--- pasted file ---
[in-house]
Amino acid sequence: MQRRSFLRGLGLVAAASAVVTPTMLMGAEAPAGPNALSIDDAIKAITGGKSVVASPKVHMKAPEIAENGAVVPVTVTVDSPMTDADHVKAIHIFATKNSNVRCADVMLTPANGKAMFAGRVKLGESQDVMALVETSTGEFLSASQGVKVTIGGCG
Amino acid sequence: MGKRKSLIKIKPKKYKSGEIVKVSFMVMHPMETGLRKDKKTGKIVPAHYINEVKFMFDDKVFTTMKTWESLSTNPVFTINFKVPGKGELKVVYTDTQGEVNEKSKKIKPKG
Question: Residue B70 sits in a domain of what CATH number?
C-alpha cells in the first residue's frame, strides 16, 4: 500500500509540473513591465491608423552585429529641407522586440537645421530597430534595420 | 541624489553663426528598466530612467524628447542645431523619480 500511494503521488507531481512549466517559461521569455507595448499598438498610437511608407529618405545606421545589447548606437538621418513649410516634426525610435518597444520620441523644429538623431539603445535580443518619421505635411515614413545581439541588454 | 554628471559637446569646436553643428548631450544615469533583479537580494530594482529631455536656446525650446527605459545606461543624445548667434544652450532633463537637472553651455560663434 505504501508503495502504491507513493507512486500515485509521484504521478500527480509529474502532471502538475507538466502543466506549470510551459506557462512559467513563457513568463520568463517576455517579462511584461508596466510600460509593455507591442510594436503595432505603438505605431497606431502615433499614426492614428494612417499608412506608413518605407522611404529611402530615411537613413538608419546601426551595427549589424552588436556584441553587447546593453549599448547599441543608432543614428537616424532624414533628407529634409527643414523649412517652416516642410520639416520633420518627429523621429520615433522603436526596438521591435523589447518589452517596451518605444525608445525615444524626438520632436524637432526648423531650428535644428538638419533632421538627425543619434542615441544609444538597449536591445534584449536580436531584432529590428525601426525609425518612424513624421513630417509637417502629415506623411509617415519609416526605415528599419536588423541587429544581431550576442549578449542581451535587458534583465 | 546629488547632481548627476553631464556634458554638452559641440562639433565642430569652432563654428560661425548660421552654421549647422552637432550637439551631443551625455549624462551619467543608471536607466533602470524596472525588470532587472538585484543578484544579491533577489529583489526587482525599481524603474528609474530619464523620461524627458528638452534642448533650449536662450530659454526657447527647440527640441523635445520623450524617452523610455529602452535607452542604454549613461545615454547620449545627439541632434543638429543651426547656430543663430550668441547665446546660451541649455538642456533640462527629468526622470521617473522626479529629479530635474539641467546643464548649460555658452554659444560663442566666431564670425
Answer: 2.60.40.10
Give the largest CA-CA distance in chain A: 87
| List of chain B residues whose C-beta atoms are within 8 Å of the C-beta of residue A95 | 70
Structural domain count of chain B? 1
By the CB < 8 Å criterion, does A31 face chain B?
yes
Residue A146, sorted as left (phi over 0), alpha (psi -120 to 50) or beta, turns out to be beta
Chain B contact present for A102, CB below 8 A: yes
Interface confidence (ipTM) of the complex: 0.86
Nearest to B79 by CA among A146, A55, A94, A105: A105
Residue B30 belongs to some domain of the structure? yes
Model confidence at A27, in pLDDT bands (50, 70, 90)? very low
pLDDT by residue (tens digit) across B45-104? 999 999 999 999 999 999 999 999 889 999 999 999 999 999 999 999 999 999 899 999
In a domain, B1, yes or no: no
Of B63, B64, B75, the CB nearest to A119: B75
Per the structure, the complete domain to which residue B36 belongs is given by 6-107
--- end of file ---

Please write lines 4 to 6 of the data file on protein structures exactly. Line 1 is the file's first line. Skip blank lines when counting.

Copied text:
Question: Residue B70 sits in a domain of what CATH number?
C-alpha cells in the first residue's frame, strides 16, 4: 500500500509540473513591465491608423552585429529641407522586440537645421530597430534595420 | 541624489553663426528598466530612467524628447542645431523619480 500511494503521488507531481512549466517559461521569455507595448499598438498610437511608407529618405545606421545589447548606437538621418513649410516634426525610435518597444520620441523644429538623431539603445535580443518619421505635411515614413545581439541588454 | 554628471559637446569646436553643428548631450544615469533583479537580494530594482529631455536656446525650446527605459545606461543624445548667434544652450532633463537637472553651455560663434 505504501508503495502504491507513493507512486500515485509521484504521478500527480509529474502532471502538475507538466502543466506549470510551459506557462512559467513563457513568463520568463517576455517579462511584461508596466510600460509593455507591442510594436503595432505603438505605431497606431502615433499614426492614428494612417499608412506608413518605407522611404529611402530615411537613413538608419546601426551595427549589424552588436556584441553587447546593453549599448547599441543608432543614428537616424532624414533628407529634409527643414523649412517652416516642410520639416520633420518627429523621429520615433522603436526596438521591435523589447518589452517596451518605444525608445525615444524626438520632436524637432526648423531650428535644428538638419533632421538627425543619434542615441544609444538597449536591445534584449536580436531584432529590428525601426525609425518612424513624421513630417509637417502629415506623411509617415519609416526605415528599419536588423541587429544581431550576442549578449542581451535587458534583465 | 546629488547632481548627476553631464556634458554638452559641440562639433565642430569652432563654428560661425548660421552654421549647422552637432550637439551631443551625455549624462551619467543608471536607466533602470524596472525588470532587472538585484543578484544579491533577489529583489526587482525599481524603474528609474530619464523620461524627458528638452534642448533650449536662450530659454526657447527647440527640441523635445520623450524617452523610455529602452535607452542604454549613461545615454547620449545627439541632434543638429543651426547656430543663430550668441547665446546660451541649455538642456533640462527629468526622470521617473522626479529629479530635474539641467546643464548649460555658452554659444560663442566666431564670425
Answer: 2.60.40.10